Foreword

to the Fifth Edition

People love to name things. Parents name their children. Children name their pets. Why? Otherwise rational human beings put an inordinate effort into this naming activity. Some names are selected to remind the namer of some other person, place or event. In other instances, the choice of a name means something that "sounds good", or is easily spelled. "What's the baby's name?" is much more likely to be asked than some question about its state of health, its weight or the color of its eyes. People are often named according to religious tradition, exemplified in the custom, in some countries, of speaking of a "Christian" name. In other countries, it is a "given" name, often the name of some favored relative, particularly a father, as in the system of patronymics. In some parts of the world a name may be more practical, making it clear that this person is "number one son", for example. But in such a case, why not simply give numbers to the children in order of their birth? One might presume that other animals number their children: take one away, and the mother will realize that the count is wrong, possibly even to the point of knowing precisely which infant has been removed.

The most basic part of speech is a "noun", a word that itself means "name", particularly in its dominant use as the subject, i.e., in the "nominative case". Communication is essential to an intelligent species, and the human race simply would not have advanced if it didn't have, in its numerous languages, generic words for "tree", "bird", "food", "rock", "star" and "computer". One clearly also needs to be specific, introducing further nouns in each of these categories, such as "apple", "kookaburra", "apple", "punk", "quasar" and "apple". But where does that specificity end? Should every individual member of a species, type or class end up with an obscure number or alphanumeric designation? Or should it have a name or descriptor like "The One that Fell Down in the Hurricane Last Week", "The Very Noisy One that Somehow Found its Way into Our Barbecue", "The 10-Meter Cake", "Hope Diamond", "Arcturus" and, well, "Arcturus".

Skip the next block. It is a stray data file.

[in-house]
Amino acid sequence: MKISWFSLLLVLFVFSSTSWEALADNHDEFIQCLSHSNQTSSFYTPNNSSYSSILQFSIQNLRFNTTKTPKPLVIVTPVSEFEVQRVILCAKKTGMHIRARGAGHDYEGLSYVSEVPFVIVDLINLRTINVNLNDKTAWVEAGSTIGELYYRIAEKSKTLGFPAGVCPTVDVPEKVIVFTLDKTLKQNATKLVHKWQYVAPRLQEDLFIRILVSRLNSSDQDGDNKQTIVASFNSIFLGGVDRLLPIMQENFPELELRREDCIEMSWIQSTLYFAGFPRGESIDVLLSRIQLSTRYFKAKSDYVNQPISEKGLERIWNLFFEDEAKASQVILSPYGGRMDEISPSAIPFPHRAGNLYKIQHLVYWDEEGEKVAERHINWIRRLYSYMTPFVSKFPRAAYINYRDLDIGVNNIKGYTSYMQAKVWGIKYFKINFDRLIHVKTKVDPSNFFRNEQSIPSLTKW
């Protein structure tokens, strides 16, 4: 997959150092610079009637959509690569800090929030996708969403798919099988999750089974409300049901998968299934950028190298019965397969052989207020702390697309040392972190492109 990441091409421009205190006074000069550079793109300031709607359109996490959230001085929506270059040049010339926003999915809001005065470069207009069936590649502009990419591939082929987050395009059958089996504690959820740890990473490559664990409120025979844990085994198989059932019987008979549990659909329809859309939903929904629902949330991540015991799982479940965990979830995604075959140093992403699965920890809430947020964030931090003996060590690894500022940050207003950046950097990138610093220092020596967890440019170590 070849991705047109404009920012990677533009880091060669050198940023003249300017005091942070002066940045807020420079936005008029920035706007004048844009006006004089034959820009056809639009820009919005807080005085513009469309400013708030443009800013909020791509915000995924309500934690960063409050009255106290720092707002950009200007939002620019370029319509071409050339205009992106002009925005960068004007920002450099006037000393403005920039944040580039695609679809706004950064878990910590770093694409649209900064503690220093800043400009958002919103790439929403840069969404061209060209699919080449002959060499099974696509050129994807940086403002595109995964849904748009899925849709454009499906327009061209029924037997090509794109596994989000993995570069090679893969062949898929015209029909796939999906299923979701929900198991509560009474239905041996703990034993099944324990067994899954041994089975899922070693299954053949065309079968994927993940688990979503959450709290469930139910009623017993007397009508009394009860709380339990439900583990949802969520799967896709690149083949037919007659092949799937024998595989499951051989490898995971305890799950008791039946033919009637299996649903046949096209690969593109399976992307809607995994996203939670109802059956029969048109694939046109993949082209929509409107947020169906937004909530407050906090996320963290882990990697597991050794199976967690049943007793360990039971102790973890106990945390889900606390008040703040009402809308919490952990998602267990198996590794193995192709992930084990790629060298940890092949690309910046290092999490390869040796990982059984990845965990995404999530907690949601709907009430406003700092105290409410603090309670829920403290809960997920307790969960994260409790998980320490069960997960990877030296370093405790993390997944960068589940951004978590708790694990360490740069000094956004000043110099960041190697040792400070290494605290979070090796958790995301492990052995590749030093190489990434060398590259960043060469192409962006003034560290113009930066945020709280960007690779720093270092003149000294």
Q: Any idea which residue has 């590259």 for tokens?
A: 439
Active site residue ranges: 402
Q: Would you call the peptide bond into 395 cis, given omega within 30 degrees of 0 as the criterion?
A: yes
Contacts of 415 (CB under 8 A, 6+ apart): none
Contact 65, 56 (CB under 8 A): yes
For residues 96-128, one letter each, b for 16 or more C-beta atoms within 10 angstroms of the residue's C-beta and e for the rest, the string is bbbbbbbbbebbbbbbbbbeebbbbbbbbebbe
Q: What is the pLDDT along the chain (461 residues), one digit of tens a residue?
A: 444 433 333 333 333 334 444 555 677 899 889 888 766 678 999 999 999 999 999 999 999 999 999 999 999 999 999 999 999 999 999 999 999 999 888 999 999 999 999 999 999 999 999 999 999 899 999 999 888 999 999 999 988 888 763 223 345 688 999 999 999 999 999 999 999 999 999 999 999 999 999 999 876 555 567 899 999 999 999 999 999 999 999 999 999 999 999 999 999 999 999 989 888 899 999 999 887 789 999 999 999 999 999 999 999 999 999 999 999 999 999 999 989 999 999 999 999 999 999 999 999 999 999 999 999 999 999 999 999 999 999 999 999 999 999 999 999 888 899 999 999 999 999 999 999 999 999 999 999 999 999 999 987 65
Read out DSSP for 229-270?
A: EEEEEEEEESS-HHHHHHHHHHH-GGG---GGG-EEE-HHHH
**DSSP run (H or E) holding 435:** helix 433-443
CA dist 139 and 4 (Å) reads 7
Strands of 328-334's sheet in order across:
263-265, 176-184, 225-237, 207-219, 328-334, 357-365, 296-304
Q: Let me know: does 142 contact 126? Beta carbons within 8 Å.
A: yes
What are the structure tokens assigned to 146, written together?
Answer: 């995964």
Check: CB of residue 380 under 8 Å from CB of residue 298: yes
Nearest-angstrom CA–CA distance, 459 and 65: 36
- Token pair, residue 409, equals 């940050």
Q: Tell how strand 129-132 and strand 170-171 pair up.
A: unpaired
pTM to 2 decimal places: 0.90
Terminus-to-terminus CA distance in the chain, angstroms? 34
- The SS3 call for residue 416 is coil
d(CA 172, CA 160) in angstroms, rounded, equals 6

Astronomers named stars - and groupings of stars -long ago. There were truly imaginative names for Arc-turus that translate into English as phrases like "Leg of the Lance Bearer", "Patriarch Mentor of the Train"

(or, in the original Arabic, "Al Harris al Simak"). Nowadays, stars are named, for a fee, and with no obvious benefit to astronomy, by "The International Star Registry" (ISR). After their children have left the roost, and their children's pets have been buried 'neath the apple tree, ordinary people with money to burn can still name stars. The International Astronomical Union (IAU) takes a dim view of the ISR, and the ISR takes advantage of human irrationality. Astronomers, trained to cultivate at least an air of rationality, nowadays give to the objects of their quests more useful labels like "Alpha Bootis", PPM 130442, BD +19°2777, PSR 1257-12 B and GRO J1744-28.

But in the solar system, names still - so to speak -have a place. Galileo knew what he was about when he referred to the "Medician Stars", as did Herschel with "Georgium Sidus". A broader, more traditional view won out, however, and Piazzi's "Ferdinandea" appendix was soon dropped from his choice of a name for the small planet he discovered between Mars and Jupiter. But when it was established that Ceres was not alone, the practice of acknowledging each new discovery with the name of a goddess somehow seemed appropriate and international - at least for discoveries made in different parts of Europe and with the goddess names from the "classical" tradition. But nationalist squabbles quickly arose, and soon the supply of names of classical goddesses was exhausted. Other traditions were tapped, more general female names were used, and the discoverers started concocting feminiza-tions of other names and words. At the same time, the objects were simply given sequential numbers. The advent of photography also brought systems of provisional designations, the use of which greatly facilitated the bookkeeping of linking together independent discoveries of the same object, which could then receive a sequential number. And still the minor planets also received names. In a few cases, the names were inspired mnemonically by the provisional designations; and in a few other cases, particular classes of names were applied to members of particular dynamical classes of minor planets. One could say that such names were helpful. Even when there was no obvious connection, to have both a name and a number could provide some useful redundancy when typographical errors occurred. From time to time, a few astronomers would deprecate the naming practice, but it prevailed, with the various monikers proposed by the discoverers being adopted essentially automatically. Perhaps unlike their colleagues in the star and galaxy businesses, planetary astronomers do evidently cultivate that air of irrationality common to the general population.